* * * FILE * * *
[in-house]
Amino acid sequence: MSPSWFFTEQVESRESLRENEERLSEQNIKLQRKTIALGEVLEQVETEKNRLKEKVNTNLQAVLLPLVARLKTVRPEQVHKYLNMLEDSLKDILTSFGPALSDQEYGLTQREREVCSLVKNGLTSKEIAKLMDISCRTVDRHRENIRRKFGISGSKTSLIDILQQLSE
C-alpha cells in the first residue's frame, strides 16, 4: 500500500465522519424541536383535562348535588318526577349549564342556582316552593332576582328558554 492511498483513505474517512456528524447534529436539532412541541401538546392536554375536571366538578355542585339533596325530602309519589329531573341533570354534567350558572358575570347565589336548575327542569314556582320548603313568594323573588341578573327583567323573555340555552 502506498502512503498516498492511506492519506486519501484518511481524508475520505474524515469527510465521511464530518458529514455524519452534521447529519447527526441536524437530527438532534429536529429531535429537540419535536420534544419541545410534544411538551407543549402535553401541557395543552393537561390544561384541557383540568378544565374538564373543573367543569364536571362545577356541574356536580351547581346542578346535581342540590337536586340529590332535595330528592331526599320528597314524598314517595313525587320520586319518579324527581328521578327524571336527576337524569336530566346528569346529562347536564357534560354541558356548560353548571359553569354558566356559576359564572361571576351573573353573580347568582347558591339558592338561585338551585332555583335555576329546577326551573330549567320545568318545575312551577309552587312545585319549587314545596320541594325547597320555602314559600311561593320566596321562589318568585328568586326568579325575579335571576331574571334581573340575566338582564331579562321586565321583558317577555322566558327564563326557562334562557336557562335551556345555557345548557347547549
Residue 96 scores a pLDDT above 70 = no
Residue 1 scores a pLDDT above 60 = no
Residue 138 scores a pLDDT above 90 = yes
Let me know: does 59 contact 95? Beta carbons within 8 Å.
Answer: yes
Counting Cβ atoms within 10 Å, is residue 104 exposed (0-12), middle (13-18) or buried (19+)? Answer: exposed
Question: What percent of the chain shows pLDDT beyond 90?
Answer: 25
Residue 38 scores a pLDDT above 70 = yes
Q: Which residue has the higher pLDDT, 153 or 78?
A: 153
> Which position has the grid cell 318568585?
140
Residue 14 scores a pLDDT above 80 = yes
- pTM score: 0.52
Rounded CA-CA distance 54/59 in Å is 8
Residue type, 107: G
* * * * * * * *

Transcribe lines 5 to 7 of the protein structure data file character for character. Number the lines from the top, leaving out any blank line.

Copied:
Residue 1 scores a pLDDT above 60 = no
Residue 138 scores a pLDDT above 90 = yes
Let me know: does 59 contact 95? Beta carbons within 8 Å.